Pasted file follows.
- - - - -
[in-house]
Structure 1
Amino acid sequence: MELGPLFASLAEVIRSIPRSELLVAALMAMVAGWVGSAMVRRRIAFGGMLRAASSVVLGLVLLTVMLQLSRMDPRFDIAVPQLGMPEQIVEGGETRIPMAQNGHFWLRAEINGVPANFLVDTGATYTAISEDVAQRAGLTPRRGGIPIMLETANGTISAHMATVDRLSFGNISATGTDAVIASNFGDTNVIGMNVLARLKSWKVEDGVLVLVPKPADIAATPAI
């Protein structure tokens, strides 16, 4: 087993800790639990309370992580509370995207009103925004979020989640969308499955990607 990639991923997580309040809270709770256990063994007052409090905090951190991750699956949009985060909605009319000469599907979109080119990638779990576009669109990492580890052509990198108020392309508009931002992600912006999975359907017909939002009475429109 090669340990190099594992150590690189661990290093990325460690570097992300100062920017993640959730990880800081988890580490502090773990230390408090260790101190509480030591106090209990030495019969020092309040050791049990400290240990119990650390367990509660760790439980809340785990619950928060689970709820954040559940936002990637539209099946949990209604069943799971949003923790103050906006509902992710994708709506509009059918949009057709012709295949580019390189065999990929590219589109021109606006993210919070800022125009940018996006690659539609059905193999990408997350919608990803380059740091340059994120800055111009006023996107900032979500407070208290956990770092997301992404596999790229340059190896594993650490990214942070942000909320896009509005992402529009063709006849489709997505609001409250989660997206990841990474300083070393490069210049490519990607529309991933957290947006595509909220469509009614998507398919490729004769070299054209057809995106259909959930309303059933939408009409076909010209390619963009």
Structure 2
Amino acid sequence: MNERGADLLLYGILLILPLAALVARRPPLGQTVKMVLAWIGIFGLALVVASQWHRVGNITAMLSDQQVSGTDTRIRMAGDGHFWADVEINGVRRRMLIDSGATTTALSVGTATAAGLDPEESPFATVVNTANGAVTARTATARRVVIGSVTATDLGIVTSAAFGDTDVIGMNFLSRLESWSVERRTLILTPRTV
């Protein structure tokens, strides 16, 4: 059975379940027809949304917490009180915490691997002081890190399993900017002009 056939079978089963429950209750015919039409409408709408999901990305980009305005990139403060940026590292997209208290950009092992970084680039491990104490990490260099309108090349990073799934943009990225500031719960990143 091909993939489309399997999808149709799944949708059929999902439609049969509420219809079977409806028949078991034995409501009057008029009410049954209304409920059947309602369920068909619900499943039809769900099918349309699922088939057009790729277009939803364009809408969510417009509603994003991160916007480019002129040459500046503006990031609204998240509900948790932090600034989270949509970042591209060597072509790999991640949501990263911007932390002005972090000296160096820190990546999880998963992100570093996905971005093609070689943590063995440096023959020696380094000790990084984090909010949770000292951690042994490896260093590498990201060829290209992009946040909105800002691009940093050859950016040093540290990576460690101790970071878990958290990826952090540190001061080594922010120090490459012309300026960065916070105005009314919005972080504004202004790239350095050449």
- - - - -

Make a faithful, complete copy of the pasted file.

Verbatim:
[in-house]
Structure 1
Amino acid sequence: MELGPLFASLAEVIRSIPRSELLVAALMAMVAGWVGSAMVRRRIAFGGMLRAASSVVLGLVLLTVMLQLSRMDPRFDIAVPQLGMPEQIVEGGETRIPMAQNGHFWLRAEINGVPANFLVDTGATYTAISEDVAQRAGLTPRRGGIPIMLETANGTISAHMATVDRLSFGNISATGTDAVIASNFGDTNVIGMNVLARLKSWKVEDGVLVLVPKPADIAATPAI
């Protein structure tokens, strides 16, 4: 087993800790639990309370992580509370995207009103925004979020989640969308499955990607 990639991923997580309040809270709770256990063994007052409090905090951190991750699956949009985060909605009319000469599907979109080119990638779990576009669109990492580890052509990198108020392309508009931002992600912006999975359907017909939002009475429109 090669340990190099594992150590690189661990290093990325460690570097992300100062920017993640959730990880800081988890580490502090773990230390408090260790101190509480030591106090209990030495019969020092309040050791049990400290240990119990650390367990509660760790439980809340785990619950928060689970709820954040559940936002990637539209099946949990209604069943799971949003923790103050906006509902992710994708709506509009059918949009057709012709295949580019390189065999990929590219589109021109606006993210919070800022125009940018996006690659539609059905193999990408997350919608990803380059740091340059994120800055111009006023996107900032979500407070208290956990770092997301992404596999790229340059190896594993650490990214942070942000909320896009509005992402529009063709006849489709997505609001409250989660997206990841990474300083070393490069210049490519990607529309991933957290947006595509909220469509009614998507398919490729004769070299054209057809995106259909959930309303059933939408009409076909010209390619963009």
Structure 2
Amino acid sequence: MNERGADLLLYGILLILPLAALVARRPPLGQTVKMVLAWIGIFGLALVVASQWHRVGNITAMLSDQQVSGTDTRIRMAGDGHFWADVEINGVRRRMLIDSGATTTALSVGTATAAGLDPEESPFATVVNTANGAVTARTATARRVVIGSVTATDLGIVTSAAFGDTDVIGMNFLSRLESWSVERRTLILTPRTV
């Protein structure tokens, strides 16, 4: 059975379940027809949304917490009180915490691997002081890190399993900017002009 056939079978089963429950209750015919039409409408709408999901990305980009305005990139403060940026590292997209208290950009092992970084680039491990104490990490260099309108090349990073799934943009990225500031719960990143 091909993939489309399997999808149709799944949708059929999902439609049969509420219809079977409806028949078991034995409501009057008029009410049954209304409920059947309602369920068909619900499943039809769900099918349309699922088939057009790729277009939803364009809408969510417009509603994003991160916007480019002129040459500046503006990031609204998240509900948790932090600034989270949509970042591209060597072509790999991640949501990263911007932390002005972090000296160096820190990546999880998963992100570093996905971005093609070689943590063995440096023959020696380094000790990084984090909010949770000292951690042994490896260093590498990201060829290209992009946040909105800002691009940093050859950016040093540290990576460690101790970071878990958290990826952090540190001061080594922010120090490459012309300026960065916070105005009314919005972080504004202004790239350095050449």